St. Louis County Prosecuting Attorney Wesley Bell on Wednesday launched a campaign for U.S. Senate in Missouri as a Democrat, attempting to unseat incumbent Republican Sen. Josh Hawley in 2024.
Bell, 48, the first Black county prosecuting attorney in St. Louis County history, would be the first Black senator from Missouri if elected. He will face former Marine Lucas Kunce and Columbia community activist December Harmon in the Democratic primary.
Bell, who ran a campaign for prosecutor focused on policing reform, was elected in a landslide upset in 2018 against Bob McCulloch, the longtime Democratic prosecutor who was heavily criticized for his handling of the 2014 killing by a police officer of unarmed Black teenager Michael Brown that led to a wave of unrest in Ferguson.
A video announcing his Senate campaign uses clips from news coverage of the protests in Ferguson, with footage of Bell talking about the need for the community to get involved. In the video, he attacked Hawley for his infamous fist pump in solidarity with protesters outside of the U.S. Capitol shortly before it was attacked on Jan. 6, 2021.
“When I faced chaos in Ferguson, I worked to calm tensions,” Bell said in a news release. “But when Josh Hawley was faced with chaos, he chose to inflame it. Missourians deserve a senator who will work to improve their lives, not a politician who throws bombs.”
State Rep. Marlene Terry, a Black St. Louis Democrat who chairs the Missouri Legislative Black Caucus, praised Bell’s candidacy.
“He would be a good choice for MO,” Terry said in a text message. “I would support him.”
Hawley is a polarizing figure in national politics, but he remains popular among Missouri Republicans. Bell will face long odds in the race to take the seat. Democrats haven’t won a Senate race in Missouri since 2012.
Republican Sen. Eric Schmitt defeated Democrat Trudy Busch Valentine by more than 13 percentage points last November in an open seat Senate race. Hawley won his 2018 contest against incumbent Democrat Claire McCaskill by nearly 6 percentage points.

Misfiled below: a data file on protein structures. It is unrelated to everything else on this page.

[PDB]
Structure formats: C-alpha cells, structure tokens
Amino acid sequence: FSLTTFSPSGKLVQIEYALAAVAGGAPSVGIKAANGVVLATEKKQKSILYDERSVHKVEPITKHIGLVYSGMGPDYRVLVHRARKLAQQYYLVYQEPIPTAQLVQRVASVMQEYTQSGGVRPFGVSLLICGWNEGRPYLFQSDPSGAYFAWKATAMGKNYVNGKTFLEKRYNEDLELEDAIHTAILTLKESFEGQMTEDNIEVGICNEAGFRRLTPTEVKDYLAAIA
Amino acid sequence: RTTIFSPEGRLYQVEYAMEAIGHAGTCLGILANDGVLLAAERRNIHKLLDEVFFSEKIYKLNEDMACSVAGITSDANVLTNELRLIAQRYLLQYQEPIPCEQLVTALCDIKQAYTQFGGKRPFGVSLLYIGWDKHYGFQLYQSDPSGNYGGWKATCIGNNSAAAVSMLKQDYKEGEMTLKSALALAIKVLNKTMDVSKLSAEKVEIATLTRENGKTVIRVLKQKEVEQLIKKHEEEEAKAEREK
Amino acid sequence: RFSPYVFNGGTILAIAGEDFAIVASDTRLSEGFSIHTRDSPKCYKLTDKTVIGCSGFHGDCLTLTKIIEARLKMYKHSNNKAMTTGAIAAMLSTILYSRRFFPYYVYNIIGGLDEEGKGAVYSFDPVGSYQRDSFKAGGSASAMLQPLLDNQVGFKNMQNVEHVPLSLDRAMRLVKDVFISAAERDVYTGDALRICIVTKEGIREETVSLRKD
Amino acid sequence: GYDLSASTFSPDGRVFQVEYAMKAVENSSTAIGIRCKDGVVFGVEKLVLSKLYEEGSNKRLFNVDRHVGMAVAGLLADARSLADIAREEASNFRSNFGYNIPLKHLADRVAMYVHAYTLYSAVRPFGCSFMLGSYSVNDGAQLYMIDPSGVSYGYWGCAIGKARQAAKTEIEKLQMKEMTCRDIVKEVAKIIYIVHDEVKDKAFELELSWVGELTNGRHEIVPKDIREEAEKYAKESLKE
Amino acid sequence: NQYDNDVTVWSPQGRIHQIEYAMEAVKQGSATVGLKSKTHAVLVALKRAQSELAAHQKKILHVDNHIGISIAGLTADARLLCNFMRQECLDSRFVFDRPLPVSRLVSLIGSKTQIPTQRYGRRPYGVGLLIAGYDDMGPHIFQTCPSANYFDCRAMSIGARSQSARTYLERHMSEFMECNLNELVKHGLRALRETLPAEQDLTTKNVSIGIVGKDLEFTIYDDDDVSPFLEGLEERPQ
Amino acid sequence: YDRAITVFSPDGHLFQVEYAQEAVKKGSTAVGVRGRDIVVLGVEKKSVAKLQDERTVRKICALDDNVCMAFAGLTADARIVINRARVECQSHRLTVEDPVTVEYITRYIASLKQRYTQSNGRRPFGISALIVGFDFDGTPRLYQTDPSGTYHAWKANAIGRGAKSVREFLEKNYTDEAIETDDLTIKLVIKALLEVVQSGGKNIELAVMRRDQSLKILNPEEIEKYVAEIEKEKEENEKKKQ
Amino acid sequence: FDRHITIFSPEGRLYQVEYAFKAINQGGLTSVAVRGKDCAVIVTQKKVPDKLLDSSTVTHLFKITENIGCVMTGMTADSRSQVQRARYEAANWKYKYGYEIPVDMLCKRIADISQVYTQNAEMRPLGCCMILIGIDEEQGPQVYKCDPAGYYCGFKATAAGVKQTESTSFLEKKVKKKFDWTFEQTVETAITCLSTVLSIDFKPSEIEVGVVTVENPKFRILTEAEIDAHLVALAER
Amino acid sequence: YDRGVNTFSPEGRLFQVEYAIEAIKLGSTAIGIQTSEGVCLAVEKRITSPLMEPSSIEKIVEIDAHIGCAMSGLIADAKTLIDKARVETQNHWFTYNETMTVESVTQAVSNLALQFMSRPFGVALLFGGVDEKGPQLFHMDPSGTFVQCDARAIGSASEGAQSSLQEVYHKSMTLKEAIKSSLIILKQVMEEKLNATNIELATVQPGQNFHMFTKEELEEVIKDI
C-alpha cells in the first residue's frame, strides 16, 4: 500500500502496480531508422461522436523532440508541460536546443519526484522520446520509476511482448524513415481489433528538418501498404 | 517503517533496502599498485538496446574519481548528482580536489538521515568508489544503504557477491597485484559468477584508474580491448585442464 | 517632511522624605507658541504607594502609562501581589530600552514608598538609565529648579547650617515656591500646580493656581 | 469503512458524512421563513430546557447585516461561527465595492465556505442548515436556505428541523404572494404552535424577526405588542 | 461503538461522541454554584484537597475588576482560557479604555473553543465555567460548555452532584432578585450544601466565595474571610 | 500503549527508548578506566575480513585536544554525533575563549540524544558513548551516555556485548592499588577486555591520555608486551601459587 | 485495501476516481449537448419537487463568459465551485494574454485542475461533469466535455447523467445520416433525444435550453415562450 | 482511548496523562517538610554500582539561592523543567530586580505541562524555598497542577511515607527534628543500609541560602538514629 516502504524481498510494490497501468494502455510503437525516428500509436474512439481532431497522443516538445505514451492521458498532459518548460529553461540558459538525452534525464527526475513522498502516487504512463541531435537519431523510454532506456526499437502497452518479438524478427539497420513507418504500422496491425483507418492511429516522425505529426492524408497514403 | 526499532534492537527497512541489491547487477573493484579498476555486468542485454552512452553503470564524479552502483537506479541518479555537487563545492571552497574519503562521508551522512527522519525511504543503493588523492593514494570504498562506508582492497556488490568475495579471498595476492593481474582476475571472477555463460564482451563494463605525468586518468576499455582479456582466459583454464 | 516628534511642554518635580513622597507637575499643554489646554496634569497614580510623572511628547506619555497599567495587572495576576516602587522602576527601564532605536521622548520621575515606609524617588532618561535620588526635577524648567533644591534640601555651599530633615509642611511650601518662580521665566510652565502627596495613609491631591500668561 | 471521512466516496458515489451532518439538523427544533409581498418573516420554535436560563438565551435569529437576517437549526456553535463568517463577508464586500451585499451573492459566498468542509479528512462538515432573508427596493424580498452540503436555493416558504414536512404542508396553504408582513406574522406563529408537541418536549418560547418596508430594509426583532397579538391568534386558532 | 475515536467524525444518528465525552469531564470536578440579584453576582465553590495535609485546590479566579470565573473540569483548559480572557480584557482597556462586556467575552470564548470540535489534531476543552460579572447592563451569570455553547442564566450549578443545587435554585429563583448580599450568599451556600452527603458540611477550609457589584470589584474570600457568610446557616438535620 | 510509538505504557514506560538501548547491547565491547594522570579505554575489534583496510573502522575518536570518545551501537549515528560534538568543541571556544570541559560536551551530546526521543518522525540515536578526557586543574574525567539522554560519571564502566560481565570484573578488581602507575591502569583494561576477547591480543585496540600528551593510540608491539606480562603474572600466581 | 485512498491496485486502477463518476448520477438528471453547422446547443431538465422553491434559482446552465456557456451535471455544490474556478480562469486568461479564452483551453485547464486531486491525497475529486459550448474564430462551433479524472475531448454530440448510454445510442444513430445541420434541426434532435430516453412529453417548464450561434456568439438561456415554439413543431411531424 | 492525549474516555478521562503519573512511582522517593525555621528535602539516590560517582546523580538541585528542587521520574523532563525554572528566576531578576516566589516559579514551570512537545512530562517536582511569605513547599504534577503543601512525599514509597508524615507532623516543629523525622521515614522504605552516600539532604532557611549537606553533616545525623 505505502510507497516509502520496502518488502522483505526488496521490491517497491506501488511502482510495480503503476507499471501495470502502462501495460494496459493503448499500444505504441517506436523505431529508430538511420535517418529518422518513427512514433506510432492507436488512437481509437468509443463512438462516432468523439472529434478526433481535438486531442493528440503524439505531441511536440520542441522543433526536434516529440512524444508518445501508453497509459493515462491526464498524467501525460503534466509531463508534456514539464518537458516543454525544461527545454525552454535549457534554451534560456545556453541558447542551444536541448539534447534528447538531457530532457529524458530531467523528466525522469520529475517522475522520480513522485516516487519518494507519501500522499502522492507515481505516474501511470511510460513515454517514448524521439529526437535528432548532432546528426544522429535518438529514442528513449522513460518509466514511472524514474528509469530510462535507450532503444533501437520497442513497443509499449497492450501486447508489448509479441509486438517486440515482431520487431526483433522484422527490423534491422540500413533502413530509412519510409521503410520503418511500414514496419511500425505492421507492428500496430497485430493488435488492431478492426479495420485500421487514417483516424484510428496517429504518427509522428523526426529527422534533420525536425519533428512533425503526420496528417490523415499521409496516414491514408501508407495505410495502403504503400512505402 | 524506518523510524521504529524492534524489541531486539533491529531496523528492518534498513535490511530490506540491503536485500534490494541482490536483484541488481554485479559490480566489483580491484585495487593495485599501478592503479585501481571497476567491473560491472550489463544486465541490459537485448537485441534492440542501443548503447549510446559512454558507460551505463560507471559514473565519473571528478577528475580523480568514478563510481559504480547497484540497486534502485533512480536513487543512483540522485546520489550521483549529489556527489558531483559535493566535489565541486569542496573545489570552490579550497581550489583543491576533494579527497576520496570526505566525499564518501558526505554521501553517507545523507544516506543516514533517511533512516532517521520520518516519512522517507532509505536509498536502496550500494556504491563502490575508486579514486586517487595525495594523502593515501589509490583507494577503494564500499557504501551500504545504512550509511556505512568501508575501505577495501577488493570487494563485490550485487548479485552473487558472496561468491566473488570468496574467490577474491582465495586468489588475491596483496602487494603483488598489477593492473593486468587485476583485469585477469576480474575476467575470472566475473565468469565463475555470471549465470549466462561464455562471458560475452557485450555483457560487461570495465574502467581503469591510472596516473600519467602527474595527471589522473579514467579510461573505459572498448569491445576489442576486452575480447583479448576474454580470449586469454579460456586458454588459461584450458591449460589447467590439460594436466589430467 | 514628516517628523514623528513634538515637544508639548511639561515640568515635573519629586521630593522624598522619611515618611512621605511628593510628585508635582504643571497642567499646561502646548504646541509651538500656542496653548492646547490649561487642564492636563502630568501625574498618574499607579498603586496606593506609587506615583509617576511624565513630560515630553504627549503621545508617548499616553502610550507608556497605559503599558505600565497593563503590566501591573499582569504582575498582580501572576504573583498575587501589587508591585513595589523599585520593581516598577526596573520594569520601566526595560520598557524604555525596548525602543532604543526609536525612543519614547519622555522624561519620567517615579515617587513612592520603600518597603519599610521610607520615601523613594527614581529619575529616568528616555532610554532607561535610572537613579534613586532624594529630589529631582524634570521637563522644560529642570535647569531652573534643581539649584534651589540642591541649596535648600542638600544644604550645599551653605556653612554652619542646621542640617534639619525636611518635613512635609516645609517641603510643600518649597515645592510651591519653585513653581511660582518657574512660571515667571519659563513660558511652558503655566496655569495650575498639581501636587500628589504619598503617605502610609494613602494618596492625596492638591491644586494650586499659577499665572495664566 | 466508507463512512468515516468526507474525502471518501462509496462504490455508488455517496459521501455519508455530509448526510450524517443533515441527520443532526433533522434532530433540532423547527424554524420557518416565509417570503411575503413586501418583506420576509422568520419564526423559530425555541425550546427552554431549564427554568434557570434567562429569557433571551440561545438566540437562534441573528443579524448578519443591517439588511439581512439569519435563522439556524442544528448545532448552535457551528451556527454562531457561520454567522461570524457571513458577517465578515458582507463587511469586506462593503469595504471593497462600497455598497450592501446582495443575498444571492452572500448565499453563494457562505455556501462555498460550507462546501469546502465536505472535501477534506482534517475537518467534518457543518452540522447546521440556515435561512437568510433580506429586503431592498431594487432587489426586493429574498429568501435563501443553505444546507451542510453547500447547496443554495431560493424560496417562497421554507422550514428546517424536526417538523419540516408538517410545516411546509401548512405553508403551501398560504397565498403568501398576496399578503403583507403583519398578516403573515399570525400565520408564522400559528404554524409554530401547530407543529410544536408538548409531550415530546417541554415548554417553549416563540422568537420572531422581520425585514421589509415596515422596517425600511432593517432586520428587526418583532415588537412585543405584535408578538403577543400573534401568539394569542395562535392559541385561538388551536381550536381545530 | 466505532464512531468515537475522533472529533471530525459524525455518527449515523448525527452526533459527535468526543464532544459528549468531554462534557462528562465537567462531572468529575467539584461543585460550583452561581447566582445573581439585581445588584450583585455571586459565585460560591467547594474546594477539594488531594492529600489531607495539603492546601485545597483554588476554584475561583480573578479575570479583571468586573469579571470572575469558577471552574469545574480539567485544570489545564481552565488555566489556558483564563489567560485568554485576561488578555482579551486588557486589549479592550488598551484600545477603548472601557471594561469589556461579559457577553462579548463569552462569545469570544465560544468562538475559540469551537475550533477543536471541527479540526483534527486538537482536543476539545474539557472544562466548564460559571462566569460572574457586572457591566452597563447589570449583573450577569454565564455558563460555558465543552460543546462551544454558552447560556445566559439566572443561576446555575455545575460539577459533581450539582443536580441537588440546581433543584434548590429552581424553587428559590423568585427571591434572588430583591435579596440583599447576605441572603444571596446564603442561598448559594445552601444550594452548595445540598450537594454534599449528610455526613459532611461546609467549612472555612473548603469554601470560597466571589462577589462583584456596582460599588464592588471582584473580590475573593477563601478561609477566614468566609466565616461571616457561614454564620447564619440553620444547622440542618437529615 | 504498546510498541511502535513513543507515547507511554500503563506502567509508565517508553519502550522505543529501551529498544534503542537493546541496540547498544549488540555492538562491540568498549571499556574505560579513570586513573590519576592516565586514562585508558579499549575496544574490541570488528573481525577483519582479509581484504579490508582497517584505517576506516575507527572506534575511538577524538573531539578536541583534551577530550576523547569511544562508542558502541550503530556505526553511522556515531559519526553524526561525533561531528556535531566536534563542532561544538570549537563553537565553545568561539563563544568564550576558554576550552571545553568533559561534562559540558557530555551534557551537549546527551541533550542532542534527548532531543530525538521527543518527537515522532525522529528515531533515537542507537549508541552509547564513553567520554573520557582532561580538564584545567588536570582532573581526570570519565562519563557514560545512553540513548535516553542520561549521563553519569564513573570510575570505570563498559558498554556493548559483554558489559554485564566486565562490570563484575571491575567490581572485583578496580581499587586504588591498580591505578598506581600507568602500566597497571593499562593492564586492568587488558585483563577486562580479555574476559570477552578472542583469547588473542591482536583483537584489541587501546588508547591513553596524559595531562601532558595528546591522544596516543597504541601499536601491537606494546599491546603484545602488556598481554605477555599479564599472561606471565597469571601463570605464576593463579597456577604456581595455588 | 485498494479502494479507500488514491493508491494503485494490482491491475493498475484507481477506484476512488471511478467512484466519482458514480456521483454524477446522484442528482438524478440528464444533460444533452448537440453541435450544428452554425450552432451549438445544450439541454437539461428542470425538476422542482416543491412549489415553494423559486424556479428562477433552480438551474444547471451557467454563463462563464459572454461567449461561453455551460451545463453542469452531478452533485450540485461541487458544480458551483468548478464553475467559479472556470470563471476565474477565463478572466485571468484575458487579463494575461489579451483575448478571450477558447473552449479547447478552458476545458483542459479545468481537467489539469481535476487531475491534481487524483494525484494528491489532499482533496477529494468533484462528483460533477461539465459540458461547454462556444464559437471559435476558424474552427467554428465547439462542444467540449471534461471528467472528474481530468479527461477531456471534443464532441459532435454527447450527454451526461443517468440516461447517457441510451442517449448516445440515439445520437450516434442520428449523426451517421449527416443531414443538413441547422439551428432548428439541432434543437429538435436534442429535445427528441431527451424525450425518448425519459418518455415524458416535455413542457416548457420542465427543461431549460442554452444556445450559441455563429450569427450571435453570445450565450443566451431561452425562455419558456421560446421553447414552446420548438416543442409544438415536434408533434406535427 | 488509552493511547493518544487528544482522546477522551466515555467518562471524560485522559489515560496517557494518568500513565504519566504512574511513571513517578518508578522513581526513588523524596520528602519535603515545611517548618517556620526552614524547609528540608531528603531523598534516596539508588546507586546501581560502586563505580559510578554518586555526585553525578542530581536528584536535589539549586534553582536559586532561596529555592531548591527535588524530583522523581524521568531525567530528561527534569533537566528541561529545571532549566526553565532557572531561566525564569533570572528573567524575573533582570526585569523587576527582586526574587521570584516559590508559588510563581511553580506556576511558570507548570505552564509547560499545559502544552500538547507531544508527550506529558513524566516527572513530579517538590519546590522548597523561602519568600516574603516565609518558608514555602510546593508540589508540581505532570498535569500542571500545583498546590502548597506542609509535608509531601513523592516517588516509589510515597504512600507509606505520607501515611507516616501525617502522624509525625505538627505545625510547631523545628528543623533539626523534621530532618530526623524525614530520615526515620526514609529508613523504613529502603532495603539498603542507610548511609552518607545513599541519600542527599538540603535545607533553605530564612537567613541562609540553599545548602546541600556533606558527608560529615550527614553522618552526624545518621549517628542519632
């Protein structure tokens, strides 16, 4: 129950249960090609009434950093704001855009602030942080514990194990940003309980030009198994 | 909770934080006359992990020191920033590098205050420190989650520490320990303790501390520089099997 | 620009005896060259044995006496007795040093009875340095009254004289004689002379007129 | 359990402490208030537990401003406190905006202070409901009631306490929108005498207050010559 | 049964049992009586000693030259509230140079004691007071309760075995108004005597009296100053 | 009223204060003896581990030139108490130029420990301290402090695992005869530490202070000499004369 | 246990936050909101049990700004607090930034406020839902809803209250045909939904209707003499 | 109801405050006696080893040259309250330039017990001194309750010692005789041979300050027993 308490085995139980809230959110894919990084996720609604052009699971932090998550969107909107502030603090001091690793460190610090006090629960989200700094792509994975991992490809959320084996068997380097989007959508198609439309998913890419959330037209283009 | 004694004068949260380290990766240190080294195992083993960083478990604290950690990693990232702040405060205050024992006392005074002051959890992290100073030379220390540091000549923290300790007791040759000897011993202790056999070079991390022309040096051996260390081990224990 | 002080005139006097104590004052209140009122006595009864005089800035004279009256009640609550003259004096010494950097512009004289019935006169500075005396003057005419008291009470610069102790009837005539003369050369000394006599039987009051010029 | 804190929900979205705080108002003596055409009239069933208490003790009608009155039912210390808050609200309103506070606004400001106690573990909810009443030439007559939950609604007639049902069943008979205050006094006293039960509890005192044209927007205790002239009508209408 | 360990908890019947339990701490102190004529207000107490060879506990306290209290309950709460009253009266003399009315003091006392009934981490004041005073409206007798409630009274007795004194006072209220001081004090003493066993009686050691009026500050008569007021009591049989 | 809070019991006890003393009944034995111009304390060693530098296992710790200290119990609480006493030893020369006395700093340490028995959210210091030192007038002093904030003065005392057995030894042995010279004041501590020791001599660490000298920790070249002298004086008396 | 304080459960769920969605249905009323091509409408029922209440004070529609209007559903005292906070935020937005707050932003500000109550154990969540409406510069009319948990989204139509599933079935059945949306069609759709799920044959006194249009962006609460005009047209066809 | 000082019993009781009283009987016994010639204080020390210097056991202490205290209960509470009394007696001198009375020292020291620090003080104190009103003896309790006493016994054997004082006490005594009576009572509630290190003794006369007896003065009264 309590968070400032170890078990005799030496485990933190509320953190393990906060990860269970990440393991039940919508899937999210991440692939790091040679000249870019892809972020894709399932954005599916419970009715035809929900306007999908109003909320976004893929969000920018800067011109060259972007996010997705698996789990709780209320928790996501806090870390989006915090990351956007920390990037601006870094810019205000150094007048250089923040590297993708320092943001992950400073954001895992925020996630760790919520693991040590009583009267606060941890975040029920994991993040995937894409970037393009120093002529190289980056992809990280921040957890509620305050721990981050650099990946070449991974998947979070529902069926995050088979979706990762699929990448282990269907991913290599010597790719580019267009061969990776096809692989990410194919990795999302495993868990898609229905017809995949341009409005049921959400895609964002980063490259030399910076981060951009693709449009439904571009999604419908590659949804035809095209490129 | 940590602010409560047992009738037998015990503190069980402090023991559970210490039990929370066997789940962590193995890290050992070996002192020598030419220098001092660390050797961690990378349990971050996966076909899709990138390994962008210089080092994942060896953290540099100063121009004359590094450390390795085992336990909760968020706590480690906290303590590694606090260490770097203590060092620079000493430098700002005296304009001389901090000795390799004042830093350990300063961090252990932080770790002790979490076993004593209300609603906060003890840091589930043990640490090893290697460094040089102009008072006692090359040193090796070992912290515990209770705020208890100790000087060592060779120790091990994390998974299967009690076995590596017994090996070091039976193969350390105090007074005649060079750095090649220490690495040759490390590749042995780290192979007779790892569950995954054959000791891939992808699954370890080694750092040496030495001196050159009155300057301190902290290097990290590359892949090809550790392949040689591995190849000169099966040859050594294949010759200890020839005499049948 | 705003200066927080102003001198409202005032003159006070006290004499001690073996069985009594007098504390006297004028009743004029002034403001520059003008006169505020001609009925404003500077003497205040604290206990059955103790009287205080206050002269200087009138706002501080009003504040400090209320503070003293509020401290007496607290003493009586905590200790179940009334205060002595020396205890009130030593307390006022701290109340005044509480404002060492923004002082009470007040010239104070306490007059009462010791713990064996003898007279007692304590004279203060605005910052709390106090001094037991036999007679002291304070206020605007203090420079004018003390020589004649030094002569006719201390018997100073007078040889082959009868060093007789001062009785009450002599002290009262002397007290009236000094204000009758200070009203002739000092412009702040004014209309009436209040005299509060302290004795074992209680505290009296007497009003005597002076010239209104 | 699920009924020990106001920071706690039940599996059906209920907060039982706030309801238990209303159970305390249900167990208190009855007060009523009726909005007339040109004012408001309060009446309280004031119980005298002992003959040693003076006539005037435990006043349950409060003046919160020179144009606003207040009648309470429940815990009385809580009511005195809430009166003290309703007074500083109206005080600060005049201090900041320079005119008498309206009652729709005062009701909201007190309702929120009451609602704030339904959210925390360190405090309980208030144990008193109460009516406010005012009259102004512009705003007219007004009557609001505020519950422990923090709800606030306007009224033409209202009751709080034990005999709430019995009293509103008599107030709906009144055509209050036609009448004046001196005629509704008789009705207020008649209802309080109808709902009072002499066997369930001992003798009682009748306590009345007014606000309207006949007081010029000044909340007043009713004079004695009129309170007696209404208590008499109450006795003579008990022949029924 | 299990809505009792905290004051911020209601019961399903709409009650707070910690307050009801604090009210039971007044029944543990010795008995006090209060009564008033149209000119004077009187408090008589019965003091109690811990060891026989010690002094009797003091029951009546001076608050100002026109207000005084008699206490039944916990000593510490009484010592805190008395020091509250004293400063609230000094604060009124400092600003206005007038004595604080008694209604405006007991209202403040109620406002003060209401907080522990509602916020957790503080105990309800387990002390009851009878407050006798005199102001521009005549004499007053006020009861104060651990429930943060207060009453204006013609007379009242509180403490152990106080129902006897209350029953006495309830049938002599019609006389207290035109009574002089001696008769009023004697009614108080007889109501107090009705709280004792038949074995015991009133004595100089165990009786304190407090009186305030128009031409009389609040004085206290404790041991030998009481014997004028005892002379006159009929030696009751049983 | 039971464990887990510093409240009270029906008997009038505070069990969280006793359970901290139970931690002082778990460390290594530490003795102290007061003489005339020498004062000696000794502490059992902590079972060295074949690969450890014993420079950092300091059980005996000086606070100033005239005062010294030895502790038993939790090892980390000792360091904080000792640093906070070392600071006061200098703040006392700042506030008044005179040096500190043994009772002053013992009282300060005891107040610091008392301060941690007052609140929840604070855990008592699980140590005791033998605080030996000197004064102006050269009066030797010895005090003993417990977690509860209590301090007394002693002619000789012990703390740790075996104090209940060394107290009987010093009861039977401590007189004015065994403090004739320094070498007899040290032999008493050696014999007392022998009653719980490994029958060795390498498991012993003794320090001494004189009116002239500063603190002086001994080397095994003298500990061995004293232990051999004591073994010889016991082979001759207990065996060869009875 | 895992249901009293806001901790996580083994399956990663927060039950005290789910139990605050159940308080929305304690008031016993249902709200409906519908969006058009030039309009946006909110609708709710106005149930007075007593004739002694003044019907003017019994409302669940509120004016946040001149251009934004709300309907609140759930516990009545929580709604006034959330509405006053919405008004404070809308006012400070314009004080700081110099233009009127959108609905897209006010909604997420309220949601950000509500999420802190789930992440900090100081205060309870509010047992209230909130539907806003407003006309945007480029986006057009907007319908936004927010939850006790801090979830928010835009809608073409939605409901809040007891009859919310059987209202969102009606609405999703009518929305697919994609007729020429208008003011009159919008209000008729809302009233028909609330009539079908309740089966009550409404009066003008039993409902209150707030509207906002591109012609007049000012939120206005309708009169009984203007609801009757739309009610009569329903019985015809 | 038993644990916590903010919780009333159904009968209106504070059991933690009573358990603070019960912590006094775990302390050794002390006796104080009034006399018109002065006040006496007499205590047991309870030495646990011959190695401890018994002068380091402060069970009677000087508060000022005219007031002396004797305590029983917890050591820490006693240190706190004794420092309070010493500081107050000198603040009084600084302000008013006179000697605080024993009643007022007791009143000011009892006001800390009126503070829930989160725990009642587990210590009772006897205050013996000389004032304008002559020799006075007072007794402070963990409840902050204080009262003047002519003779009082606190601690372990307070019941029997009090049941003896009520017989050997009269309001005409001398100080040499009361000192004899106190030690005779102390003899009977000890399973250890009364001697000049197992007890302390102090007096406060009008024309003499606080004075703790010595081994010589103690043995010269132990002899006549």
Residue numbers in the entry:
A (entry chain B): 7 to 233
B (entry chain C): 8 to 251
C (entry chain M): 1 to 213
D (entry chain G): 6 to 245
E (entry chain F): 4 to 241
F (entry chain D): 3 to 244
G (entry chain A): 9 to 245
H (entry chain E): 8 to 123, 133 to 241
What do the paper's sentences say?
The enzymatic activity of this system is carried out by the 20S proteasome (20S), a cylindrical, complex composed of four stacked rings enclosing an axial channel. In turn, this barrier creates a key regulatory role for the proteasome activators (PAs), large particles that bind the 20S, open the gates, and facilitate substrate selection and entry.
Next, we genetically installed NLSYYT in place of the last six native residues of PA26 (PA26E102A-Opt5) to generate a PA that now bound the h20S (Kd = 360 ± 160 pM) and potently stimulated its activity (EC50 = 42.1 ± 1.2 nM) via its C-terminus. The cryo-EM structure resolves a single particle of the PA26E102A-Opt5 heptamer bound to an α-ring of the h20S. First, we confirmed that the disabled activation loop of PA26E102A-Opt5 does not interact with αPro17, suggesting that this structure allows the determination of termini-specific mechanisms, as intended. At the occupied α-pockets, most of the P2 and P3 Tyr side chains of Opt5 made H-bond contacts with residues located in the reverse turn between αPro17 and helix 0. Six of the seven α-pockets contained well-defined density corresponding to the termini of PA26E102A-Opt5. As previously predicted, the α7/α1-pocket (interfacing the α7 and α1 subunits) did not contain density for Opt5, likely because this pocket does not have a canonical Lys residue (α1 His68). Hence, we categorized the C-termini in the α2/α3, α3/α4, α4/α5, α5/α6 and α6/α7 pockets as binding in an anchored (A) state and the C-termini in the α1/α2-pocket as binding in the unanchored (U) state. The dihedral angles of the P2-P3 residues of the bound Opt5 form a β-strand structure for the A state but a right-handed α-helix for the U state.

Hawley campaign spokesman Kyle Plotkin said in a statement that the senator’s team expects “whoever emerges from the messy primary to be the darling of the woke left and raise tens of millions of dollars to try and buy this seat from Missourians.”
Bell’s primary opponent Kunce mounted an unsuccessful primary campaign for the Senate in 2022. Running on a populist platform, Kunce raised significant money but struggled to win over the state’s Democratic establishment. He lost the primary race by less than 5 points to Busch Valentine.
Kunce’s campaign touted an endorsement from the AFL-CIO when asked about Bell’s candidacy.
“This marks an important moment in the campaign as the state’s election-winning labor movement unites behind Kunce, a 13-year Marine veteran who has promised to be a warrior for working people in the U.S. Senate,” said Connor Lounsbury, Kunce’s campaign adviser, in a statement that did not directly address the entry of the St. Louis County prosecutor.
Bell grew up in North St. Louis County, a predominantly Black part of the St. Louis region that includes Ferguson. Before becoming the county prosecutor, he served as a judge, law professor and public defender.
In 2015, Bell was elected to the Ferguson City Council where he was involved in negotiating a joint policing reform decree with the U.S. Department of Justice after the Ferguson unrest.
“My dad spent 25 years as a police officer and my mom is a county civil servant. Growing up, my family taught me I had a responsibility to make a difference when I could,” Bell said in the video.
As county prosecutor, Bell supported training for police, the purchase and use of body cameras and a pay raise for police.